React Frontend Password Validation (Strong Password)

In developing applications, we want to ensure our users input a password with a specific set of criteria (length, special characters, etc). Often the case, this is for security purposes to protect users. The users must know these rules when signing up, preferably displayed to them in the UI. This tutorial will show a very nice library of how to do exactly that in React.

Step 1-) Download the package react-password-checklist:

https://www.npmjs.com/package/react-password-checklist

    > npm install --save react-password-checklist

    > yarn add react-password-checklist

Step 2-) Import in your component:

   import PasswordChecklist from "react-password-checklist";

Step 3-) Paste the following into your return section for your component:

<PasswordChecklist

  rules={["minLength", "specialChar", "number", "capital", "match", "lowercase"]}

  minLength={8} value={password} valueAgain={confirmPassword}

/>

As you can see above we have the {password} and {confirmPassword} fields. These fields correspond to the given value names you give to the signup form components. My fields look as follows:

The code I used to define the Password* and Confirm Password* fields look like this:

<TextField label='Password' placeholder='Enter password' onChange={handlePassword}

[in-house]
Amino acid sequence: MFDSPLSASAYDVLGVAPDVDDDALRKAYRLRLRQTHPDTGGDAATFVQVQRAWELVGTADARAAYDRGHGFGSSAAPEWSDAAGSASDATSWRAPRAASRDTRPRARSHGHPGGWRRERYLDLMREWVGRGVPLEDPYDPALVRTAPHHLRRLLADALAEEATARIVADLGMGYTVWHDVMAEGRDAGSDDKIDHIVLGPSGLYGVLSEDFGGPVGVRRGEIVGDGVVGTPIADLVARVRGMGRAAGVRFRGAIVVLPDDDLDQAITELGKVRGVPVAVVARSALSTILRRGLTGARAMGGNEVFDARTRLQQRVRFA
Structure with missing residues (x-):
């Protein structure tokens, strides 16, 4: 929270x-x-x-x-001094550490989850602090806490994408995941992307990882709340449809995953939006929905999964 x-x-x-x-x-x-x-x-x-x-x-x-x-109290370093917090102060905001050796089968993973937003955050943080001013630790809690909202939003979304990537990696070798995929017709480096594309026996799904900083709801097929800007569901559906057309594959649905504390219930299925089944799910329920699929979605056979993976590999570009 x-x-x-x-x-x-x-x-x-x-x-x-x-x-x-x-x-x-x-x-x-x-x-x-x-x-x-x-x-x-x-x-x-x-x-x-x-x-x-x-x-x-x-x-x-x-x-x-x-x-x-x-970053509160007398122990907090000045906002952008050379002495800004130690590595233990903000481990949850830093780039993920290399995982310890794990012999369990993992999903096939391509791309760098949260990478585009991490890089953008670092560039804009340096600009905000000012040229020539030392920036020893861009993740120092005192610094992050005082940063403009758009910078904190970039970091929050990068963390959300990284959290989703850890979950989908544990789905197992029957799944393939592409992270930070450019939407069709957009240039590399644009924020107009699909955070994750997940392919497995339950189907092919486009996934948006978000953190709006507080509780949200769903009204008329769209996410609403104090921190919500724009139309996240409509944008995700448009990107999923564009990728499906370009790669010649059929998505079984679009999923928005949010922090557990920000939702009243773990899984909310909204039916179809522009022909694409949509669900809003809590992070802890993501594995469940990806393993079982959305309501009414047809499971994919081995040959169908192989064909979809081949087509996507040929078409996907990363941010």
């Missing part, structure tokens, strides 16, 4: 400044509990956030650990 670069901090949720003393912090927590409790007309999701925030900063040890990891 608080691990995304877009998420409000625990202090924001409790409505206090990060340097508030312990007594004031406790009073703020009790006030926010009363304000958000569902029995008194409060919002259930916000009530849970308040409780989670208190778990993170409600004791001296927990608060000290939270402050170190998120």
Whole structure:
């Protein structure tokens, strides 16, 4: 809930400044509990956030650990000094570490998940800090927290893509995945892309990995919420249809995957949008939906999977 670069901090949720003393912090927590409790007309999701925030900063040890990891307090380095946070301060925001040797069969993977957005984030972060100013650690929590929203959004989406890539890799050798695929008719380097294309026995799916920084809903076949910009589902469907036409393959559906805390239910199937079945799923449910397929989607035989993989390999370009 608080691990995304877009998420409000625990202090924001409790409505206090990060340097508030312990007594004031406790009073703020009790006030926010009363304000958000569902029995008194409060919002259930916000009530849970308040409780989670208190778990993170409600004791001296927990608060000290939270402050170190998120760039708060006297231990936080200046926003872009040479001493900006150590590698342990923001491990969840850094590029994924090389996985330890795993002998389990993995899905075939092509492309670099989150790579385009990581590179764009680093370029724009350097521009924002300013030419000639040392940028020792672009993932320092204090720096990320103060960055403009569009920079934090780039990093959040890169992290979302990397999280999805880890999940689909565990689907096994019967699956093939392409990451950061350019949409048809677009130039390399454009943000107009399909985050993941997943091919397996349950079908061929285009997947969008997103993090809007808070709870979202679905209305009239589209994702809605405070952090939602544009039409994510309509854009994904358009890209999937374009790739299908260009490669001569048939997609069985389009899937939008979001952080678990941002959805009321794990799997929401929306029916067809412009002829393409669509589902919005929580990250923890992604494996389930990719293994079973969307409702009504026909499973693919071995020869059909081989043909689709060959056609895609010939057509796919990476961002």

value={password} variant="standard" type={passwordShown ? "text" : "password"} fullWidth required />

<TextField label='Confirm Password' placeholder='Enter password' onChange={handleConfirmPassword} value={confirmPassword} variant="standard" 
  type={passwordShown ? "text" : "password"} fullWidth required />

I just wanted to show how the "value" and "valueAgain" fields match those specified in the corresponding text fields.

Furthermore, we can define other rules such as the minLength or other characters we desire for the user in their passwords, such as needing a lowercase, uppercase, number, etc. Once that is done that is all you need to show the user they are inputting a password based on your rules, and it should look something as follows:

Conclusion:

This package is nice because a lot of the heavy-duty lifting such as the dynamic checking of values, displaying of the checks and X's, and the text itself e.g. "Passwords match" (Image 2), is handled by this library. You just have to worry about wiring it to the corresponding components and assigning your own rules, and then you are good to go! Best of all, it is free to use and saves a lot of time. Hope this helped, thanks for reading.

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